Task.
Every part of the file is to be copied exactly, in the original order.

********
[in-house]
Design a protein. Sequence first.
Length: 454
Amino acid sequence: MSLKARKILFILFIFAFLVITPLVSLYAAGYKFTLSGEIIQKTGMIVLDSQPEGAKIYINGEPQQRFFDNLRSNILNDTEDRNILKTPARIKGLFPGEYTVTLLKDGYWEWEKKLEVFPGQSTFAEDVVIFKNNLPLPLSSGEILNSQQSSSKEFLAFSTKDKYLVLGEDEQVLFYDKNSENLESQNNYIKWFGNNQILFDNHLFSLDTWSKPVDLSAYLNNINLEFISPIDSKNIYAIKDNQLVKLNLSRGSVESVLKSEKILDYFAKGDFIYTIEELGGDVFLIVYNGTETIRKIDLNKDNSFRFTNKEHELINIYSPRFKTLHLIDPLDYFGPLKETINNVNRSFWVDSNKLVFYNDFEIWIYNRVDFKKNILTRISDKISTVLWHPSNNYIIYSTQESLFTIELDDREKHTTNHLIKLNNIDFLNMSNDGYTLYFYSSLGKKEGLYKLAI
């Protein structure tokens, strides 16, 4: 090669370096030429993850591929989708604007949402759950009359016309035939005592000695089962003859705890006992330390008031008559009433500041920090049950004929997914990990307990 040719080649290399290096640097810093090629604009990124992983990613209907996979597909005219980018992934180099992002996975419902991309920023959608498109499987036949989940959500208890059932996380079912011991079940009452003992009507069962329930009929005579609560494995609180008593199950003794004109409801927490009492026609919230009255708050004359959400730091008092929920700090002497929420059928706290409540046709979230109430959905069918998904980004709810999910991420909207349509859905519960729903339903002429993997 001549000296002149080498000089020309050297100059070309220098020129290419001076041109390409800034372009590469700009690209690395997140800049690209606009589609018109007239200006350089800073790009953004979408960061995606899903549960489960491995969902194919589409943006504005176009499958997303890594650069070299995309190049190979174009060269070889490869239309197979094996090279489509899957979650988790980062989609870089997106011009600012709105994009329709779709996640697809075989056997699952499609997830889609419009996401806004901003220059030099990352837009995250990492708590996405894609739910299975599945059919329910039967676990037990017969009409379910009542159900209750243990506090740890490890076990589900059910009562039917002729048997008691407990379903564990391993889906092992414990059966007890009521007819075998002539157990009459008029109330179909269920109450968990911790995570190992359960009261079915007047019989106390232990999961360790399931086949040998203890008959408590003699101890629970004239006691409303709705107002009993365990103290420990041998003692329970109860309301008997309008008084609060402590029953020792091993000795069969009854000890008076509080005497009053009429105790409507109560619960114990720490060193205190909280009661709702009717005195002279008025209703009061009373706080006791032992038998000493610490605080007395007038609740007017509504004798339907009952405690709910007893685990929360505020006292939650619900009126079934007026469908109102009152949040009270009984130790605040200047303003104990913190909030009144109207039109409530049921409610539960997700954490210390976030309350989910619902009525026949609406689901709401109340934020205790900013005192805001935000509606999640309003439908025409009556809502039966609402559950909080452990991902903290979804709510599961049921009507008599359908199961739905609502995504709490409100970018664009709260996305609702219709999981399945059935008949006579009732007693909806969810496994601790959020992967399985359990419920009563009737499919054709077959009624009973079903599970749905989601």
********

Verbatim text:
[in-house]
Design a protein. Sequence first.
Length: 454
Amino acid sequence: MSLKARKILFILFIFAFLVITPLVSLYAAGYKFTLSGEIIQKTGMIVLDSQPEGAKIYINGEPQQRFFDNLRSNILNDTEDRNILKTPARIKGLFPGEYTVTLLKDGYWEWEKKLEVFPGQSTFAEDVVIFKNNLPLPLSSGEILNSQQSSSKEFLAFSTKDKYLVLGEDEQVLFYDKNSENLESQNNYIKWFGNNQILFDNHLFSLDTWSKPVDLSAYLNNINLEFISPIDSKNIYAIKDNQLVKLNLSRGSVESVLKSEKILDYFAKGDFIYTIEELGGDVFLIVYNGTETIRKIDLNKDNSFRFTNKEHELINIYSPRFKTLHLIDPLDYFGPLKETINNVNRSFWVDSNKLVFYNDFEIWIYNRVDFKKNILTRISDKISTVLWHPSNNYIIYSTQESLFTIELDDREKHTTNHLIKLNNIDFLNMSNDGYTLYFYSSLGKKEGLYKLAI
């Protein structure tokens, strides 16, 4: 090669370096030429993850591929989708604007949402759950009359016309035939005592000695089962003859705890006992330390008031008559009433500041920090049950004929997914990990307990 040719080649290399290096640097810093090629604009990124992983990613209907996979597909005219980018992934180099992002996975419902991309920023959608498109499987036949989940959500208890059932996380079912011991079940009452003992009507069962329930009929005579609560494995609180008593199950003794004109409801927490009492026609919230009255708050004359959400730091008092929920700090002497929420059928706290409540046709979230109430959905069918998904980004709810999910991420909207349509859905519960729903339903002429993997 001549000296002149080498000089020309050297100059070309220098020129290419001076041109390409800034372009590469700009690209690395997140800049690209606009589609018109007239200006350089800073790009953004979408960061995606899903549960489960491995969902194919589409943006504005176009499958997303890594650069070299995309190049190979174009060269070889490869239309197979094996090279489509899957979650988790980062989609870089997106011009600012709105994009329709779709996640697809075989056997699952499609997830889609419009996401806004901003220059030099990352837009995250990492708590996405894609739910299975599945059919329910039967676990037990017969009409379910009542159900209750243990506090740890490890076990589900059910009562039917002729048997008691407990379903564990391993889906092992414990059966007890009521007819075998002539157990009459008029109330179909269920109450968990911790995570190992359960009261079915007047019989106390232990999961360790399931086949040998203890008959408590003699101890629970004239006691409303709705107002009993365990103290420990041998003692329970109860309301008997309008008084609060402590029953020792091993000795069969009854000890008076509080005497009053009429105790409507109560619960114990720490060193205190909280009661709702009717005195002279008025209703009061009373706080006791032992038998000493610490605080007395007038609740007017509504004798339907009952405690709910007893685990929360505020006292939650619900009126079934007026469908109102009152949040009270009984130790605040200047303003104990913190909030009144109207039109409530049921409610539960997700954490210390976030309350989910619902009525026949609406689901709401109340934020205790900013005192805001935000509606999640309003439908025409009556809502039966609402559950909080452990991902903290979804709510599961049921009507008599359908199961739905609502995504709490409100970018664009709260996305609702219709999981399945059935008949006579009732007693909806969810496994601790959020992967399985359990419920009563009737499919054709077959009624009973079903599970749905989601």